Ryan Clark: ‘Steelers-Bengals Is A Rivaly That’s Starting To Heat Up’

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(Credit: Jared Wickerham/Getty Images)

(Credit: Jared Wickerham/Getty Images)

Ryan Clark remembers when playing the Cincinnati Bengals might as well have been a bye week.

Unfortunately for the Steelers, that is no longer the case.

“It used to be we felt like (playing) the Bengals was (a guaranteed) ‘W,’” the Pittsburgh safety said on The Morning Show. “Now, you know you have to bring your hard hat and play good football to even compete to beat them, especially when you go to Cincinnati.”

The Steelers will do just that on Monday night. Six of the last eight Steelers/Bengals games have been decided by a touchdown or less. The Steelers are 5-3 in those games but lost the most recent meeting, 13-10, at Heinz Field.

“Playing the Bengals, especially right now, they’re a team that’s always in the hunt to win the AFC North,” Clark said. “It’s exciting to play anyone. If you’ve been in this league long enough, you understand you can’t overlook anybody. Anybody can win a game on any day. I think it’s a rivalry that’s starting to heat up for both teams.

“But for us, it’s exciting. It’s a Monday Night Football game. It’s an opportunity to show the people who didn’t get to see the Titans game what type of team we can be.”

The Steelers were dreadful in Week 1, losing at home 16-9 to Tennessee. Aside from a safety on the opening kickoff, the Steelers were held scoreless until less than two minutes remained in the fourth quarter.

Even worse, Pittsburgh lost center Maurkice Pouncey (torn ACL and MCL) and linebacker Larry Foote (ruptured biceps) to season-ending injuries. Still, Clark feels the Steelers can compete.

“I’m not as alarmed as everyone else,” he said. “I mean, the people who are most alarmed are the people who have never been in our locker room. A lot of those people have never been in a locker room, so they don’t understand the things that happen after Game One – the strides you can make, the corrections you can make.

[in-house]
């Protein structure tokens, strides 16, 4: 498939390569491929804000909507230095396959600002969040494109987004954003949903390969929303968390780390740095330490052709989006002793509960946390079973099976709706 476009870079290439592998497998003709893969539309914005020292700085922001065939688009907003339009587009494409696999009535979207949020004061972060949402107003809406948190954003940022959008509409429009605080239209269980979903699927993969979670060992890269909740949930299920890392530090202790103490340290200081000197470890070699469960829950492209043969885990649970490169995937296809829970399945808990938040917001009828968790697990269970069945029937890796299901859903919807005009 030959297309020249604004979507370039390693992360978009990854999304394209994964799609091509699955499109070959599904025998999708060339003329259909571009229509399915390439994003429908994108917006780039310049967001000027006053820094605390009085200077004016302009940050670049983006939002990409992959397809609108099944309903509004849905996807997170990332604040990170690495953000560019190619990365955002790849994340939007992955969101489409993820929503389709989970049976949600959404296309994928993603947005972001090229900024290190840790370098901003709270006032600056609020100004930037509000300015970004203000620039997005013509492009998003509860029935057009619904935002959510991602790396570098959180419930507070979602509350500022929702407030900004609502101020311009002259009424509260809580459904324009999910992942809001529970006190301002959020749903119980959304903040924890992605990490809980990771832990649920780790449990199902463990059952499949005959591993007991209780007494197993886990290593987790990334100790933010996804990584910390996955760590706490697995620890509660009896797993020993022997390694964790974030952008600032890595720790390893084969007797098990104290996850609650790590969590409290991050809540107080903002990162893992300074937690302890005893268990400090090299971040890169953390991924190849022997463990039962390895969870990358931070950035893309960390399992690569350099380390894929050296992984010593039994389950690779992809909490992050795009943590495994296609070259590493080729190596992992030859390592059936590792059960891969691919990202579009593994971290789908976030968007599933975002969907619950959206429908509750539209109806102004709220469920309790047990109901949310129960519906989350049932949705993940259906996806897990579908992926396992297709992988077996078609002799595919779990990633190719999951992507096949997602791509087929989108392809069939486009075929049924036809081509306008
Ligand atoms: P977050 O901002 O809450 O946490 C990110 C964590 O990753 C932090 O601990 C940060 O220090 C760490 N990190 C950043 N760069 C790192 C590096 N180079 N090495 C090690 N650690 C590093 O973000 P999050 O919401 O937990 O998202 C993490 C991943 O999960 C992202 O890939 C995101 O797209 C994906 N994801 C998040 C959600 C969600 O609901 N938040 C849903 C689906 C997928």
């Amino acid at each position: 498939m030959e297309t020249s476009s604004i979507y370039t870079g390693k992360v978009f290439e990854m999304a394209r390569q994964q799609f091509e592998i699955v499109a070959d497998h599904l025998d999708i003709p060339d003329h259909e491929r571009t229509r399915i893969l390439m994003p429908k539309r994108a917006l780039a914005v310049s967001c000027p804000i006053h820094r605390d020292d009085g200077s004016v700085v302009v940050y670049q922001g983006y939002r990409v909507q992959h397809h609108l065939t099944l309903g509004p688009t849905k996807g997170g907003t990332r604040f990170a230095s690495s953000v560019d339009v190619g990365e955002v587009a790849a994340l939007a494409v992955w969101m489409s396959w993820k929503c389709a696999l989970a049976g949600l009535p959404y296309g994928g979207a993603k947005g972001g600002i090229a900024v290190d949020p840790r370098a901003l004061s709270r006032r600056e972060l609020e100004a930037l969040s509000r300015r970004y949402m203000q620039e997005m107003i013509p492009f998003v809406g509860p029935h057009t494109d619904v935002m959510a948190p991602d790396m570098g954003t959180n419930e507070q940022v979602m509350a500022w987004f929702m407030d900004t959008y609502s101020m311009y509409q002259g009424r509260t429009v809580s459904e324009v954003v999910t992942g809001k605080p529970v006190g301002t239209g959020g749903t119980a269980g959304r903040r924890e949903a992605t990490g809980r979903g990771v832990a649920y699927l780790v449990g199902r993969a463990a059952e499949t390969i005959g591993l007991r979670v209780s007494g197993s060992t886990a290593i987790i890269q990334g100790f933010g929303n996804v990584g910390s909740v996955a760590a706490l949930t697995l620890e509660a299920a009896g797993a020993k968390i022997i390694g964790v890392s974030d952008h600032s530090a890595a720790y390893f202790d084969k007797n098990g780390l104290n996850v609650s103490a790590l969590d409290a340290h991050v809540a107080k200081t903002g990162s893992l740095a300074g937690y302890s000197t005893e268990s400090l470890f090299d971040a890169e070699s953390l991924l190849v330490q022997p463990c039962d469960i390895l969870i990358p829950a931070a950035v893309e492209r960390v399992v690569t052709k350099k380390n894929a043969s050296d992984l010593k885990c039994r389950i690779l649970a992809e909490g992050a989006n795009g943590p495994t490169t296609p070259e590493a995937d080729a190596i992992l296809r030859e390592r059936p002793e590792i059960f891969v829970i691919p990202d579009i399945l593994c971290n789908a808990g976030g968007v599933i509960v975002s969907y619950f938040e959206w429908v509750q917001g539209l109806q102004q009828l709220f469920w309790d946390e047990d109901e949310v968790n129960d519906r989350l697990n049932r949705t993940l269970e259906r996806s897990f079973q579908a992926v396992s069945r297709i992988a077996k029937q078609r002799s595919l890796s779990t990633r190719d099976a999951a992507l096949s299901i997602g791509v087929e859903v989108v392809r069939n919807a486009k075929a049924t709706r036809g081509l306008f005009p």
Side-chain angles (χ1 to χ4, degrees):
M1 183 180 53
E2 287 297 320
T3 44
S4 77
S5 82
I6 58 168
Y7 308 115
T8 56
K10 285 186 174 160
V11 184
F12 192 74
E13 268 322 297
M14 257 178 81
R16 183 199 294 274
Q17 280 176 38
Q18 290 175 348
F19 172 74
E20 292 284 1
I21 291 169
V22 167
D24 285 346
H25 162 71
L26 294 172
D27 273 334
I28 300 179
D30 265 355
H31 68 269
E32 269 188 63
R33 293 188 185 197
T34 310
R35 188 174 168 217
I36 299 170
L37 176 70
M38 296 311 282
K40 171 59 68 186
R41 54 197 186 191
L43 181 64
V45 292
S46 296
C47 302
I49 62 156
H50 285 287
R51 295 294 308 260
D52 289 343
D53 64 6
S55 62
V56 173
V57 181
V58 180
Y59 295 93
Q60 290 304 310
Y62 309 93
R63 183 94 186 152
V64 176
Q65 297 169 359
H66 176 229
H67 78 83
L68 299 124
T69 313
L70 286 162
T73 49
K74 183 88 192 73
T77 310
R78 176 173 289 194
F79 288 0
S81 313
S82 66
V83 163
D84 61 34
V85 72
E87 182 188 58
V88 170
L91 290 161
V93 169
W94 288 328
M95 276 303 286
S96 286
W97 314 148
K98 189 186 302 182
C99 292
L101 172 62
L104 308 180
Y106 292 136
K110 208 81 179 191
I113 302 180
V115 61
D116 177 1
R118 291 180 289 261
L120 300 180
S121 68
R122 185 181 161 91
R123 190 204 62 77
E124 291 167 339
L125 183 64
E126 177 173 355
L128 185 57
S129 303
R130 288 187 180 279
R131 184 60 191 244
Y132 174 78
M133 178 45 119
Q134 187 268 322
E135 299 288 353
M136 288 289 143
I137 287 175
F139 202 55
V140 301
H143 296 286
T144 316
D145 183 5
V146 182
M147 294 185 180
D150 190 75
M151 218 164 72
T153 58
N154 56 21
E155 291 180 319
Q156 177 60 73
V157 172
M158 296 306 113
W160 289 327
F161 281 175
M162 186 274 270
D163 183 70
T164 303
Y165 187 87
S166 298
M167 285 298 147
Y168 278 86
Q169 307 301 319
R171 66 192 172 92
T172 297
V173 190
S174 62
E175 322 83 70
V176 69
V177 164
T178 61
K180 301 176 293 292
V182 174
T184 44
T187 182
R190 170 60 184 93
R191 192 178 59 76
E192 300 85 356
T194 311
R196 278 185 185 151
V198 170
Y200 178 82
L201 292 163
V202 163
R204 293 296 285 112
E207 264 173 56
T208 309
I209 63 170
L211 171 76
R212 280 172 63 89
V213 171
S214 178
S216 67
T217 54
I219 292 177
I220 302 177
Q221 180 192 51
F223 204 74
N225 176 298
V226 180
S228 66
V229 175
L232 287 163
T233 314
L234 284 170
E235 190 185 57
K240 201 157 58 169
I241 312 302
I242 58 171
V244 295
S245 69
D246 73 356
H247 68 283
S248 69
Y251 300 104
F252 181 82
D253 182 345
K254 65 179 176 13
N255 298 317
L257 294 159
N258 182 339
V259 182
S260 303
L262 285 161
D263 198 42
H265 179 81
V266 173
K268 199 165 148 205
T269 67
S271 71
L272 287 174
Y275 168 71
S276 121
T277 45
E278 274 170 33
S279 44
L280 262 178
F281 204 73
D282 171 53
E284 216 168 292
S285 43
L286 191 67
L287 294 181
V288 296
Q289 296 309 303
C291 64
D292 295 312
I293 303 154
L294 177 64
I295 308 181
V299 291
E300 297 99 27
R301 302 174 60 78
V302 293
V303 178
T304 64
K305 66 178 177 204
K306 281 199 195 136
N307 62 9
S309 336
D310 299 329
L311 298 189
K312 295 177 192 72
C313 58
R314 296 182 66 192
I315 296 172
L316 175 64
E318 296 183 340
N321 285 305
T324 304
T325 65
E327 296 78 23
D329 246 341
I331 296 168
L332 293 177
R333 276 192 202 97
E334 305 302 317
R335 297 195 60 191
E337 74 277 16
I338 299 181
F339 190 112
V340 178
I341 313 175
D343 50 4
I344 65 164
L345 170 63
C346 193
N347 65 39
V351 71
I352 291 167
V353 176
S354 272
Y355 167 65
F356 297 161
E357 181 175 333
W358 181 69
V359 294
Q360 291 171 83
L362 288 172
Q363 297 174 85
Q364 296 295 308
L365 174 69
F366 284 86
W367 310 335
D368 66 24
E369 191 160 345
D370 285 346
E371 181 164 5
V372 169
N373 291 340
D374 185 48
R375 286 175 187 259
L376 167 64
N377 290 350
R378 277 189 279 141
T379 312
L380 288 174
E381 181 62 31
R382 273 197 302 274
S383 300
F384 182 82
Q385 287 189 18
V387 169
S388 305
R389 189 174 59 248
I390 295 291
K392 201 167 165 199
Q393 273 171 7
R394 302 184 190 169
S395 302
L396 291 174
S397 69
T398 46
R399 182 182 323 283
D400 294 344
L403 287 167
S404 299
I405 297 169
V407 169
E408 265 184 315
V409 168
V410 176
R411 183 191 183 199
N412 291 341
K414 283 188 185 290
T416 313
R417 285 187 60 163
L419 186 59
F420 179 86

“They also don’t understand the emotional and also physical task it is to replace a Maurkice Pouncey, a guy who’s your captain, who’s your center, who changes the whole game plan offensively. And I think for us, we understand those things. We understand the process. We think we have the right people in place to correct those things and be better this week.”

Clark reminded listeners that the Steelers lost their 2011 season-opener 35-7 to Baltimore. Pittsburgh finished 12-4 and advanced to the Super Bowl.

“The people who are most alarmed are the people who haven’t put on pads – people who haven’t put on helmets and definitely haven’t worn this Steeler helmet,” Clark said. “So for us, we understand that it was below the line in Week 1. But we also understand that Super Bowls aren’t won in Week 1, so we’ve got to come back and put that (loss) behind us.”

Although the offense was painful to watch last week – Pittsburgh finished with 194 total yards – Clark said the defense has to do a better job of forcing turnovers. That unit didn’t force any last week and didn’t put the Titans in situations where Jake Locker had to win the game.

“We need to find a way to get turnovers,” Clark said. “We need to find ways to get short fields (for our offense).”

Offensively, Clark said there’s been much more give than take this year with Ben Roethlisberger and coordinator Todd Haley.

“They’ve been amazing together,” Clark said.

Clark added that Roethlisberger is at his best when plays break down, but protecting him has to be the Steelers No 1 priority.

“I think he’s better when he’s distressed; he’s better when he’s improvising,” Clark said. “But for us, we’ve got to keep him upright. We won’t win games without Ben Roethlisberger.”

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